One of our clandestine British operatives, whose code name is “Black watch,” informs us of something that is not being reported in the press. Ordinarily we’d be skeptical, but he’s never misled us before. A Scotsman wouldn’t spoof us, would he?
Our operative says that the entire city of Glasgow is wallowing in a strange and unprecedented torrent of human vomit which has flooded the subways and shut down all streets and airports. As yet there is no explanation for the ghastly deluge.
Meanwhile, we found some other Glasgow news at the blog of the neo-theocrats at the Discovery Institute‘s creationist public relations and lobbying operation, the Center for Science and Culture (a/k/a the Discoveroids, a/k/a the cdesign proponentsists).
The Discoveroid article is titled Mike Behe Visits Glasgow. It’s a peculiar coincidence that Behe’s arrival is at the same time as Glasgow’s mass outbreak of nausea.
We previously reported on Behe’s UK tour in this post, Discovery Institute: Behe’s UK Creationism Crusade. That’s where you can go for background information on Behe and the outfit sponsoring his book tour.
In response to a Discoveroid statement that: “The tour will include lectures in Oxford, Cambridge, Glasgow, and London,” we said:
Don’t be misled by that. Behe won’t be lecturing on behalf of Oxford, Cambridge, etc. This is just a creationist book selling tour. … Presumably they’re using available space at those locations to conduct a series of revivals at which Behe can sell his wares.
But somehow, the Discoveroids continue to word their blog articles ambiguously, so that the prestige of hired premises will brush off on Behe’s creationist lectures. Here are some excerpts, with bold added by us, and with some of their links omitted:
Last night, I watched as Mike Behe presented a talk at Glasgow Caledonian University’s Carnegie Lecture Theatre. The lecture was titled, Darwin or Design – What Does the Science Really Say? The event was organized by the Centre for Intelligent Design UK [link omitted].
Glasgow Caledonian University, according to Wikipedia, is the recent “result of a merger between Glasgow Polytechnic and The Queen’s College, Glasgow.” Here’s a page at the University’s website titled Conferences & Events, where they offer information about pricing, room sizes, etc. for private groups that want to hire one of their lecture halls. In other words, dear reader, we’re rather confident that the Behe presentation wasn’t a University event.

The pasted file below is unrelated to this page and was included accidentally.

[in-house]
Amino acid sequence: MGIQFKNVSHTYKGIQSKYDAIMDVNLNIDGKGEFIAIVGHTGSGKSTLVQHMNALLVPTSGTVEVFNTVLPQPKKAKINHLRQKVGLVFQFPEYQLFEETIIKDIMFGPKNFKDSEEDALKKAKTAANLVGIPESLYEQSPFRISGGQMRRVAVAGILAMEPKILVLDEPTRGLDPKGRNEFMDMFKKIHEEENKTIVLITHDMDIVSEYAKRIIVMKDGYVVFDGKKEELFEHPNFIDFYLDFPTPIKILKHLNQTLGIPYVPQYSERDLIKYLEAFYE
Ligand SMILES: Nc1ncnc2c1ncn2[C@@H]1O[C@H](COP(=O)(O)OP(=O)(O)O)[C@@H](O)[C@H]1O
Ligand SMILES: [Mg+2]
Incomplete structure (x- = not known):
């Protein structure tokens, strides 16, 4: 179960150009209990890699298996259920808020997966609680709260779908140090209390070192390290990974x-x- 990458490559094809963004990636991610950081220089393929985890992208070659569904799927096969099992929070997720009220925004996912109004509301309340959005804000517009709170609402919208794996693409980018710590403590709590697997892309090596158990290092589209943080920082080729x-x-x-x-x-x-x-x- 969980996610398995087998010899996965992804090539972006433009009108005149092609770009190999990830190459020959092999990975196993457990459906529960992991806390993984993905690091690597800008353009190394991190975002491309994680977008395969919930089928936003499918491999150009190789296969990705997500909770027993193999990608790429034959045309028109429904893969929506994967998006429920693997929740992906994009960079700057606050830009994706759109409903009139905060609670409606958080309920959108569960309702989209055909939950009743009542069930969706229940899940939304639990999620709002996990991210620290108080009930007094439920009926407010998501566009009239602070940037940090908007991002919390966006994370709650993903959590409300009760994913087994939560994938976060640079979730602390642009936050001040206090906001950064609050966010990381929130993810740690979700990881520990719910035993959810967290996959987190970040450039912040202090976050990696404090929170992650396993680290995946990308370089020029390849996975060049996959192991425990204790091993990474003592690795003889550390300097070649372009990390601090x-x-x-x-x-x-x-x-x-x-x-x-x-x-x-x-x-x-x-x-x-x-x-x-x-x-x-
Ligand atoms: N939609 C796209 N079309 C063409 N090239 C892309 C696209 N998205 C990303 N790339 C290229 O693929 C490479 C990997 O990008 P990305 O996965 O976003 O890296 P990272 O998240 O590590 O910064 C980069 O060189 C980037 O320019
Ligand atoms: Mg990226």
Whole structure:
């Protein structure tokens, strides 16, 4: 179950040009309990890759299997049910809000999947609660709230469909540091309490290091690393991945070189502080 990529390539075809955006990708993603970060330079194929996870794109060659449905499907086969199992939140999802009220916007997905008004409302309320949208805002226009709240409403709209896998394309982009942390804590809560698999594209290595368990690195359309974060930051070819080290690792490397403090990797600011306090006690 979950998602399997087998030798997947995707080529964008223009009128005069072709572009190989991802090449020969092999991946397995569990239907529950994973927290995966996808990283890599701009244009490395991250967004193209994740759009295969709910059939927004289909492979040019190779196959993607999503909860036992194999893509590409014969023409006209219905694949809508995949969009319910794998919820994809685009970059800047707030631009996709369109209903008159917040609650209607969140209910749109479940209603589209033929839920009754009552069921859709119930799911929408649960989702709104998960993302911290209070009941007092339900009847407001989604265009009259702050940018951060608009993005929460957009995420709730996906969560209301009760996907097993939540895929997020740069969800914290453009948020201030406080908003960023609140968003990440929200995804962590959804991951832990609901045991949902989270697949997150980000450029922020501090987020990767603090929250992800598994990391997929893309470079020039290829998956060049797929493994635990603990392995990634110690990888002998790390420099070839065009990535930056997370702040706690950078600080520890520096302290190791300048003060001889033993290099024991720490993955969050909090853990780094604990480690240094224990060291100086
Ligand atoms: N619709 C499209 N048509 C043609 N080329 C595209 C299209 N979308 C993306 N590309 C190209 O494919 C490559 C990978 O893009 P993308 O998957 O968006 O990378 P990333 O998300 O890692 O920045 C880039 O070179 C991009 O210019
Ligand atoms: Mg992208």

Okay, what else does the Discoveroid blog say? Here you go:
The lecture theatre was filled almost to capacity (about 500 people). Behe was on form, presenting a powerful cumulative, yet accessible, case for design in biological systems. … If life gives the overpowering appearance of having been designed, argued Behe, then one is rationally justified in adhering to one’s intuitions unless and until a compelling reason is given to suggest that it the appearance of design is only apparent — that is, illusory.
That’s enough! We can’t continue without retching. Click over there to read the full description of the lecture, if you like. Here’s the end of the article:
All in all, an extremely successful event. ID, as an enterprise, is beginning to properly surface in the UK. This is just the beginning…
Perhaps so. In any event, we hope the suffering inhabitants of Glasgow will survive the mysterious tribulation that has curiously coincided with the Behe lecture.
Copyright © 2010. The Sensuous Curmudgeon. All rights reserved.
Meyer and Behe both push the wretched “overpowering appearance of design,” I suppose because it would be far too much effort to either define “appearance of design” or to supply any evidence for it. The trouble is, while “appearance of design” could be defined relatively easily, life would fail any meaningful test for such an “appearance.”
They never fail to win by tapping religious prejudices, however, and the “overwhelming appearance of design” is, well, designed to do just that.
The appearance of design argument is very strange when one thinks it through. To summarize; a biological organism, containing large amounts of “information”, designs something, then looking at what it designed, infers that because the thing it designed required information, the biological organism itself must have been designed. It is a circular argument.
One could, with absolutely equal validity, look at mechanical objects and infer that since they contain information, they must be biological in origin, since the most truly complex objects discovered to date are biological.